While studying in my first term as EPIR student I had to prepare several papers. I gave those to my family and friends, to read and comment upon. I was surprised when they advised me to publish them. So here I am, thinking how to do that.


Did nuclear weapons bring the world to the edge of war or did they
help ensure the peace?

Do you agree with the view that “democracy is the worst form of
government except all those other forms that have been tried from time
to time”?


Why did the most powerful computer in the world have an ashtray?

Considering the length of those articles, I would agree to trim them before publishing. I would appreciate your help and/or criticism.

Gajus Gabrielius Kuizinas

  • We're not here to review your work. We're here to answer legitimate questions about writing. You might want to rephrase the question if you're asking an actual question about publishing.
    – divided
    Jan 13, 2011 at 21:20
  • 1
    @divided - I believe @Guy is wondering what venues are available for work like this, and perhaps how one goes about submitting. That seems valid enough to me. Also, Jeff's recent proclamation states that critiques are also on-topic for this site. However, if Guy wants critique, that should probably be a separate question for each piece of writing and should offer some guidance as to what particular aspects of the work he would like feedback on.
    – sjohnston
    Jan 13, 2011 at 21:31
  • Thank you @divided. As for critique, I would simply like to know either a paper as such is fit for publishing [anywhere]. I to realize that providing interesting topic is something not enough and that it may be that these papers are rather to "sophisticated". But there should be magazines willing to publish them, with an appropriate auditory.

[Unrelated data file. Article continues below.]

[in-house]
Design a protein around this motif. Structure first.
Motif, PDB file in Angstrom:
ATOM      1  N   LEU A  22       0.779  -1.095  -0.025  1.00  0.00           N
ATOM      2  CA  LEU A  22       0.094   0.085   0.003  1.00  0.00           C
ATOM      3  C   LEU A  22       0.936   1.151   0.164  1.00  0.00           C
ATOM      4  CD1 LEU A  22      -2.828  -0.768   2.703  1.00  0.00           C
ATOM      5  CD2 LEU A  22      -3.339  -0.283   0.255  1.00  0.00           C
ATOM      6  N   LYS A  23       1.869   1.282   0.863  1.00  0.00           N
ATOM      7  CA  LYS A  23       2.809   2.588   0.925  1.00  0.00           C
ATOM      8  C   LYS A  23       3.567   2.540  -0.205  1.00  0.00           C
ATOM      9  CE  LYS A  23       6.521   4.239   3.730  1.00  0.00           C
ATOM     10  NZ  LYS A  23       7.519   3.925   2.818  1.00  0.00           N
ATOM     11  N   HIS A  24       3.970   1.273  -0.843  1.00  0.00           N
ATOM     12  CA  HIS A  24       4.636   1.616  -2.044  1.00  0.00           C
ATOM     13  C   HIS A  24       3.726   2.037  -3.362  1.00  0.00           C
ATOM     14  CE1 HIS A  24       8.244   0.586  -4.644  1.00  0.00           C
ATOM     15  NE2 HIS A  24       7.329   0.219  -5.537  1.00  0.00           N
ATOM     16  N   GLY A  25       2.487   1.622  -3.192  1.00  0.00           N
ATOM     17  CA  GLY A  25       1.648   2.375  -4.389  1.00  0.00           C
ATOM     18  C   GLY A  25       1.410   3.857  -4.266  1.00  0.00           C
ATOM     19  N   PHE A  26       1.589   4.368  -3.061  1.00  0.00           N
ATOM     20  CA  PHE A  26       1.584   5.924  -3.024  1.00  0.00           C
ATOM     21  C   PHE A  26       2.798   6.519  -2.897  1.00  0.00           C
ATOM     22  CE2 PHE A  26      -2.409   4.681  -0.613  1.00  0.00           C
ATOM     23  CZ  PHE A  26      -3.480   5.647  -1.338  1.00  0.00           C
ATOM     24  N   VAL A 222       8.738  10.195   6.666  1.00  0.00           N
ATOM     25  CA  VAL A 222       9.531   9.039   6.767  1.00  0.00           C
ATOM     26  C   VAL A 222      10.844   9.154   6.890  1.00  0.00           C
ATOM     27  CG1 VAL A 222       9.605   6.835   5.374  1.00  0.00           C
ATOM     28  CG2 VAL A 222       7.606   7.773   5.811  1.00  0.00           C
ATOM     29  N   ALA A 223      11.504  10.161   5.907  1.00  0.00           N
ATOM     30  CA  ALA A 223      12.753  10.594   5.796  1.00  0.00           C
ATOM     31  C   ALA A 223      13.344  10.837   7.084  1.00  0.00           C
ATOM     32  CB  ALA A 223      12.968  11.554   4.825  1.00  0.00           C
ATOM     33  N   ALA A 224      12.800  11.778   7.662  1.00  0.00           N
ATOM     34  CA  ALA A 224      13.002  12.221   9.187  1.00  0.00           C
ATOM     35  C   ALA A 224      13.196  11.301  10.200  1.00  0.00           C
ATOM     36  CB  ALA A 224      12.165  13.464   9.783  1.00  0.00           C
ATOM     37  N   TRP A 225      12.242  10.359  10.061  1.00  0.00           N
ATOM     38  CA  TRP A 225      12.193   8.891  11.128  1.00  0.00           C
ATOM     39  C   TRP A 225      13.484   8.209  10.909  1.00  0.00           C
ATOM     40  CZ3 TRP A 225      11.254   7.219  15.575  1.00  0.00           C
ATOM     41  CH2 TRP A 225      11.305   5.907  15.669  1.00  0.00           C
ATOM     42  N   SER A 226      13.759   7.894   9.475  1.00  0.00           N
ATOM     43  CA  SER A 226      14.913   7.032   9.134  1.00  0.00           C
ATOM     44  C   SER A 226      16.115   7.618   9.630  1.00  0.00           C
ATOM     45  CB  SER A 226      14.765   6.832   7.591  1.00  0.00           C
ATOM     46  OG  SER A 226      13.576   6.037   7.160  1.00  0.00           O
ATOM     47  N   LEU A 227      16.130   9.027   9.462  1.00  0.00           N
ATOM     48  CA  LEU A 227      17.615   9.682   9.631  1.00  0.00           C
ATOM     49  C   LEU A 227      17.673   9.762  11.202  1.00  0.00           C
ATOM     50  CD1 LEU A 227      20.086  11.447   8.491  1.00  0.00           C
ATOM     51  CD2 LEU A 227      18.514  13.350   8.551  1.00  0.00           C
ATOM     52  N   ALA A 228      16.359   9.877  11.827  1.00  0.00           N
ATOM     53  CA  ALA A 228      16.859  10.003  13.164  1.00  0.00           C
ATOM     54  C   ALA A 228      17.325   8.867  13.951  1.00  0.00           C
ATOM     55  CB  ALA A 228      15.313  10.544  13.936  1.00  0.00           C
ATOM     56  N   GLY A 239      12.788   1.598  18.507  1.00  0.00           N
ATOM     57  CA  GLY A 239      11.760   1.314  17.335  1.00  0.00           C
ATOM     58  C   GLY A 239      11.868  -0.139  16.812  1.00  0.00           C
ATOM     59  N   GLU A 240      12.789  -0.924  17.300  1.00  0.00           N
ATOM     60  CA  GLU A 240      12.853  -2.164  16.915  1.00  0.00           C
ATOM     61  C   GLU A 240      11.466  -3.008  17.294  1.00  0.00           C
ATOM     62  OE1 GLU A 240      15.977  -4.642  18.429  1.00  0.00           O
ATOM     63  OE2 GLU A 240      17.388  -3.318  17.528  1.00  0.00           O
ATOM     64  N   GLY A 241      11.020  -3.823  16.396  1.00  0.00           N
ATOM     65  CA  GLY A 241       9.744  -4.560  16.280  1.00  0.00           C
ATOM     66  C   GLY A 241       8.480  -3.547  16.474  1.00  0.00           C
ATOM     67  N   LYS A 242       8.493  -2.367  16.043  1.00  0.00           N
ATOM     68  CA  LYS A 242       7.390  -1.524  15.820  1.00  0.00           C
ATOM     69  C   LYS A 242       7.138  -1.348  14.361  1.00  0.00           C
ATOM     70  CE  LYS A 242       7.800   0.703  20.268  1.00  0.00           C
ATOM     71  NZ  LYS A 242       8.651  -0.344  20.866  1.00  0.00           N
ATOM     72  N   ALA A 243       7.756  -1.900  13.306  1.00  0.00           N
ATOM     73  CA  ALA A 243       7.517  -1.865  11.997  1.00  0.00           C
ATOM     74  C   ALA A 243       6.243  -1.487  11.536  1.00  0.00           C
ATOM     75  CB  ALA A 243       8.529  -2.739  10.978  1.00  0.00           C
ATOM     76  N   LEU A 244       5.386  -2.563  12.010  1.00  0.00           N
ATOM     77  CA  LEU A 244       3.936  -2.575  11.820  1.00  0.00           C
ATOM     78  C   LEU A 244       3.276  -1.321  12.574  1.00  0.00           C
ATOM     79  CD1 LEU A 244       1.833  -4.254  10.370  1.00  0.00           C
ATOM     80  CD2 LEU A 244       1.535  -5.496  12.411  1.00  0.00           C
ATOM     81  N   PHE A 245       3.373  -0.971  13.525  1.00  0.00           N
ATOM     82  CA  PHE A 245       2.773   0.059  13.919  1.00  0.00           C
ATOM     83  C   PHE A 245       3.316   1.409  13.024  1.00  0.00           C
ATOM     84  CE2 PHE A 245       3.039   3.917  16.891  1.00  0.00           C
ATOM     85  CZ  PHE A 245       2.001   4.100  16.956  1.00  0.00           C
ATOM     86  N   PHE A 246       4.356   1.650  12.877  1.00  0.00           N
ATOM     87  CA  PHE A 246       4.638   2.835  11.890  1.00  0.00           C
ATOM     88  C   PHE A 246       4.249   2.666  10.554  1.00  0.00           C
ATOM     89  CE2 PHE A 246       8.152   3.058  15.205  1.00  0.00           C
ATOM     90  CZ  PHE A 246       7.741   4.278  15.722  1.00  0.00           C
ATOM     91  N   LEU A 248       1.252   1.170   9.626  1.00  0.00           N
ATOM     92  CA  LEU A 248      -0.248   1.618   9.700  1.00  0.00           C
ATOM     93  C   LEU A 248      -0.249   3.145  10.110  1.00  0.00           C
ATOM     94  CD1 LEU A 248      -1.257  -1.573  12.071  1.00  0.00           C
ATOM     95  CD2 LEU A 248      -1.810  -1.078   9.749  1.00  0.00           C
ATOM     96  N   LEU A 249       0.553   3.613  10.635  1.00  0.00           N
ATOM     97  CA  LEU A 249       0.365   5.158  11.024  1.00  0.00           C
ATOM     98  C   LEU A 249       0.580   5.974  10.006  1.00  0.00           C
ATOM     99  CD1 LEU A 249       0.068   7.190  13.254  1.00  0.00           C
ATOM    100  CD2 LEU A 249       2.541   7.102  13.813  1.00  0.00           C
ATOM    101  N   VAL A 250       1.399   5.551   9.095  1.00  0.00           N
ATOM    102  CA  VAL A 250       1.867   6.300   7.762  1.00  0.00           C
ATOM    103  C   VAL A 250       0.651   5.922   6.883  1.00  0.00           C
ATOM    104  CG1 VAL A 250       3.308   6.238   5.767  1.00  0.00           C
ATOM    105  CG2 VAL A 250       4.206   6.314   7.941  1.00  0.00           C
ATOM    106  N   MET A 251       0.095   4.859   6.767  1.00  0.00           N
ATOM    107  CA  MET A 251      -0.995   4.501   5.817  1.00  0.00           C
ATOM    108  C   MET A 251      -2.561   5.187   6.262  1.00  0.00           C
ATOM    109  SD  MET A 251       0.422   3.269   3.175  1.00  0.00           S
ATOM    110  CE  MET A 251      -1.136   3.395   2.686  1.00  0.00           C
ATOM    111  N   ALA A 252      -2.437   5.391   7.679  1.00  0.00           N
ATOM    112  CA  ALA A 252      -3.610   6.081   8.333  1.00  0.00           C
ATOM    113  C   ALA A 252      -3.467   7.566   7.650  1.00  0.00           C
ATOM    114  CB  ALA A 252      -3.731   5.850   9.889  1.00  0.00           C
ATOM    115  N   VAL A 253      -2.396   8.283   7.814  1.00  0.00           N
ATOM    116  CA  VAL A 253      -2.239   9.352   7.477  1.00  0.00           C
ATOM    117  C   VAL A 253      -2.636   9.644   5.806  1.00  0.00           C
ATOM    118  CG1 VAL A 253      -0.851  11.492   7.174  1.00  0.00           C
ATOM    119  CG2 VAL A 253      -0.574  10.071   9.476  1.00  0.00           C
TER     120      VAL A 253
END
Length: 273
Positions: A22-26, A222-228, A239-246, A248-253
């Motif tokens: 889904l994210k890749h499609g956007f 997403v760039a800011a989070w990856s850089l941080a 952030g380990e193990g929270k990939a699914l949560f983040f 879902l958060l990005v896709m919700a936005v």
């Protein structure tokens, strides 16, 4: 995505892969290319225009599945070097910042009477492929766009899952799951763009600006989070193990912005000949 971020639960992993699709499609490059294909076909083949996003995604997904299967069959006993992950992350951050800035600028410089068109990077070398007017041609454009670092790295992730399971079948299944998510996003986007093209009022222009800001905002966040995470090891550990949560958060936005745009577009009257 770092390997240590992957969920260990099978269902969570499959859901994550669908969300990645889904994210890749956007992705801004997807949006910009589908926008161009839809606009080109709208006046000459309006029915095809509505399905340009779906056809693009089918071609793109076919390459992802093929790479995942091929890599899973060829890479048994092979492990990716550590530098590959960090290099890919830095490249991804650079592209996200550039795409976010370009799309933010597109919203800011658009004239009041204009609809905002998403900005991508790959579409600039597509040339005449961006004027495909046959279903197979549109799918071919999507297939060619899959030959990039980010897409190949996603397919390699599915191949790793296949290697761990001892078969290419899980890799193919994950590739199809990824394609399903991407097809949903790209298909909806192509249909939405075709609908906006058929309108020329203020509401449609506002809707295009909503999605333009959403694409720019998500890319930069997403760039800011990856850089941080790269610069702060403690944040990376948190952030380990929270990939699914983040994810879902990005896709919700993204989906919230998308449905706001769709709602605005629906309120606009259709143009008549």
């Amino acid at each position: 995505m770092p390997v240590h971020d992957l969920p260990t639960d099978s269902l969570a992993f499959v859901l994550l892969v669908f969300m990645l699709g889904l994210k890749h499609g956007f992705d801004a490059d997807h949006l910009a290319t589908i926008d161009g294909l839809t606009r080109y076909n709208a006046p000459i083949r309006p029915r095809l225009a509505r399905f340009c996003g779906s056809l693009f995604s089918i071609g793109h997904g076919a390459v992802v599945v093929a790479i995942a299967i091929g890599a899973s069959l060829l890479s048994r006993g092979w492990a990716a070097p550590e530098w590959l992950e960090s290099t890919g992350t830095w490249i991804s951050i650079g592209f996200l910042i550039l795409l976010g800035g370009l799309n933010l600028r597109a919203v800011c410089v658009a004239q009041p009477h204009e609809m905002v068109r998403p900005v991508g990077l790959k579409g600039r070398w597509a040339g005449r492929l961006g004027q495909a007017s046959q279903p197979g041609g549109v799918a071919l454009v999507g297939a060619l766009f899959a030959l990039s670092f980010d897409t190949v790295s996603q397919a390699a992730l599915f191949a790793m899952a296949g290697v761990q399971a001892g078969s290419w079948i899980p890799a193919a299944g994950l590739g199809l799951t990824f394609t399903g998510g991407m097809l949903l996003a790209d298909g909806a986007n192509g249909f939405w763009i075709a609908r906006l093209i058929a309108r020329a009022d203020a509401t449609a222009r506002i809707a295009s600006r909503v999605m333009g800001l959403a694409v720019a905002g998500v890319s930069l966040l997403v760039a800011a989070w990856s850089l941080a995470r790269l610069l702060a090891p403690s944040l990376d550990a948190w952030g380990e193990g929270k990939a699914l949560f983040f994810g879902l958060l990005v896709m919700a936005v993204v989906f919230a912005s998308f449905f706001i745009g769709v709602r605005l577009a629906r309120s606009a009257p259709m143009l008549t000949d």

– Gajus
    Jan 13, 2011 at 21:34
  • since you are a student, wouldn't a professor at your school be able to advise you on what academic journals are available to you?
    – justkt
    Jan 14, 2011 at 13:01
  • At the moment I am in the university. Asking precisely that.
    – Gajus
    Jan 14, 2011 at 13:39

1 Answer 1


You may want to look into academic journals in your subject areas, although the authors in academic journals are often professors or graduate students. Professors at your university should be able to tell you if you can qualify, what journals are available, what would be a good fit, and how the submission process works. At many universities students are assigned academic adviser in their major. Your adviser is an advocate for your academic success. He or she should be your first resource; you want to develop a good relationship with your adviser to further your professional success as well, so start now.

One route that might work for publishing in an academic journal, if you are not currently a graduate student, is to work with a professor whose name will appear on the paper alongside yours for publication. This will work best if your paper is in the area of interest of the professor you approach. Your adviser or the professor who taught your class where you wrote the paper may be able to provide names.

For more information on academic publishing, check out:

If you find that your work does not qualify for a peer-reviewed, academic journal, you can look into publishing in other magazines. More information on query letters, proposals, and other steps you might want to take can be found here.

I cannot emphasize too much that as a student you have access to a large number of people who are most likely published (that's part of what professors get paid to do) who can walk you through this process in your fields of interest.

  • Your advice is good in general, but since Guy is in/from Lithuania, I'm not sure it's correct in the details. Since you don't give your location, justkt, I cannot say for sure, but I suspect you're probably not familiar with the Lithuanian academic system. Neither am I. (Wish people would give at least their country... hint hint, nudge nudge ;-)) Jan 14, 2011 at 14:23
  • I am studying in the UK, @jae.
    – Gajus
    Jan 14, 2011 at 17:03
  • @Guy good to know :-D Hard to know too, anyway ;-) Jan 14, 2011 at 17:34

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